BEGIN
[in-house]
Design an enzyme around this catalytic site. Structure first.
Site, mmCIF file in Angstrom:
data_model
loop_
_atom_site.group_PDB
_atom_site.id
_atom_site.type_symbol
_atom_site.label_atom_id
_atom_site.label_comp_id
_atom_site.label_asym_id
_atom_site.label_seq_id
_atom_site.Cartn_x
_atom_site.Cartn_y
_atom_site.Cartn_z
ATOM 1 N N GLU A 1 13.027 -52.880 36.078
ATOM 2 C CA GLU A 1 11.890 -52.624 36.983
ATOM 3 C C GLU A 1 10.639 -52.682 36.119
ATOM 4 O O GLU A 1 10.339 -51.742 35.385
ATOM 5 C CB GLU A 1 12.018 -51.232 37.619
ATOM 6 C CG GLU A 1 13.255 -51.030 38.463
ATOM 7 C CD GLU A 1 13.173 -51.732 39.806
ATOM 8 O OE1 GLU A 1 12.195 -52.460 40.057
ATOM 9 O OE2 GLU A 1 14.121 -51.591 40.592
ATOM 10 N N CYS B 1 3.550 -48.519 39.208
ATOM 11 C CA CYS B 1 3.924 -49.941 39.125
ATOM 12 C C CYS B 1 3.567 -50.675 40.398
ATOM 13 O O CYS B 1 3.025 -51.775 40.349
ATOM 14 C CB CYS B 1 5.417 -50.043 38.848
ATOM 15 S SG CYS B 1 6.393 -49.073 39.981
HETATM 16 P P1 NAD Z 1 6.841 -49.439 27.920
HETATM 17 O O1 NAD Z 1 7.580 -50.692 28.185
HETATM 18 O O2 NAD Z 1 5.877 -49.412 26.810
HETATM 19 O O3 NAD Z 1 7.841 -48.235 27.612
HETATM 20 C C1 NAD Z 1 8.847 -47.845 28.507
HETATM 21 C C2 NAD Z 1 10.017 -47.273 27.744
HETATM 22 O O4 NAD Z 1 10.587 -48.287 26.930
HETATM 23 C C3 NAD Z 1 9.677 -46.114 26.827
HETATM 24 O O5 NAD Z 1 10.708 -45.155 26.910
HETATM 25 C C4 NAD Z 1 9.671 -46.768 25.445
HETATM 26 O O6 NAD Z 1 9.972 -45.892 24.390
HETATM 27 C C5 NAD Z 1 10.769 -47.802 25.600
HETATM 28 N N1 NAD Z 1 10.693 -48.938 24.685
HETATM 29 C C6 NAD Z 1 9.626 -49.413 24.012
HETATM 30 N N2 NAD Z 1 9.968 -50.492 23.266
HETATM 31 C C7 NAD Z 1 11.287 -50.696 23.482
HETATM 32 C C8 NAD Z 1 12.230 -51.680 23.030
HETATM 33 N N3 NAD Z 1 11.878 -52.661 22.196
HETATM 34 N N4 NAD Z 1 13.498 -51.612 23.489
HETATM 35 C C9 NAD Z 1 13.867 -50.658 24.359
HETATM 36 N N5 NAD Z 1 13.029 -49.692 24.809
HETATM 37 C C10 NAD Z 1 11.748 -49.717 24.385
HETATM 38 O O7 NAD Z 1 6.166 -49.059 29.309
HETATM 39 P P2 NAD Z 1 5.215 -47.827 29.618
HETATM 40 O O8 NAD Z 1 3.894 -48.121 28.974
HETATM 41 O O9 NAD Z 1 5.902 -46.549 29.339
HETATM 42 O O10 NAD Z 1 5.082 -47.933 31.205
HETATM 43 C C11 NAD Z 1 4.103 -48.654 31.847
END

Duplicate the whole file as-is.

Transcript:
[in-house]
Design an enzyme around this catalytic site. Structure first.
Site, mmCIF file in Angstrom:
data_model
loop_
_atom_site.group_PDB
_atom_site.id
_atom_site.type_symbol
_atom_site.label_atom_id
_atom_site.label_comp_id
_atom_site.label_asym_id
_atom_site.label_seq_id
_atom_site.Cartn_x
_atom_site.Cartn_y
_atom_site.Cartn_z
ATOM 1 N N GLU A 1 13.027 -52.880 36.078
ATOM 2 C CA GLU A 1 11.890 -52.624 36.983
ATOM 3 C C GLU A 1 10.639 -52.682 36.119
ATOM 4 O O GLU A 1 10.339 -51.742 35.385
ATOM 5 C CB GLU A 1 12.018 -51.232 37.619
ATOM 6 C CG GLU A 1 13.255 -51.030 38.463
ATOM 7 C CD GLU A 1 13.173 -51.732 39.806
ATOM 8 O OE1 GLU A 1 12.195 -52.460 40.057
ATOM 9 O OE2 GLU A 1 14.121 -51.591 40.592
ATOM 10 N N CYS B 1 3.550 -48.519 39.208
ATOM 11 C CA CYS B 1 3.924 -49.941 39.125
ATOM 12 C C CYS B 1 3.567 -50.675 40.398
ATOM 13 O O CYS B 1 3.025 -51.775 40.349
ATOM 14 C CB CYS B 1 5.417 -50.043 38.848
ATOM 15 S SG CYS B 1 6.393 -49.073 39.981
HETATM 16 P P1 NAD Z 1 6.841 -49.439 27.920
HETATM 17 O O1 NAD Z 1 7.580 -50.692 28.185
HETATM 18 O O2 NAD Z 1 5.877 -49.412 26.810
HETATM 19 O O3 NAD Z 1 7.841 -48.235 27.612
HETATM 20 C C1 NAD Z 1 8.847 -47.845 28.507
HETATM 21 C C2 NAD Z 1 10.017 -47.273 27.744
HETATM 22 O O4 NAD Z 1 10.587 -48.287 26.930
HETATM 23 C C3 NAD Z 1 9.677 -46.114 26.827
HETATM 24 O O5 NAD Z 1 10.708 -45.155 26.910
HETATM 25 C C4 NAD Z 1 9.671 -46.768 25.445
HETATM 26 O O6 NAD Z 1 9.972 -45.892 24.390
HETATM 27 C C5 NAD Z 1 10.769 -47.802 25.600
HETATM 28 N N1 NAD Z 1 10.693 -48.938 24.685
HETATM 29 C C6 NAD Z 1 9.626 -49.413 24.012
HETATM 30 N N2 NAD Z 1 9.968 -50.492 23.266
HETATM 31 C C7 NAD Z 1 11.287 -50.696 23.482
HETATM 32 C C8 NAD Z 1 12.230 -51.680 23.030
HETATM 33 N N3 NAD Z 1 11.878 -52.661 22.196
HETATM 34 N N4 NAD Z 1 13.498 -51.612 23.489
HETATM 35 C C9 NAD Z 1 13.867 -50.658 24.359
HETATM 36 N N5 NAD Z 1 13.029 -49.692 24.809
HETATM 37 C C10 NAD Z 1 11.748 -49.717 24.385
HETATM 38 O O7 NAD Z 1 6.166 -49.059 29.309
HETATM 39 P P2 NAD Z 1 5.215 -47.827 29.618
HETATM 40 O O8 NAD Z 1 3.894 -48.121 28.974
HETATM 41 O O9 NAD Z 1 5.902 -46.549 29.339
HETATM 42 O O10 NAD Z 1 5.082 -47.933 31.205
HETATM 43 C C11 NAD Z 1 4.103 -48.654 31.847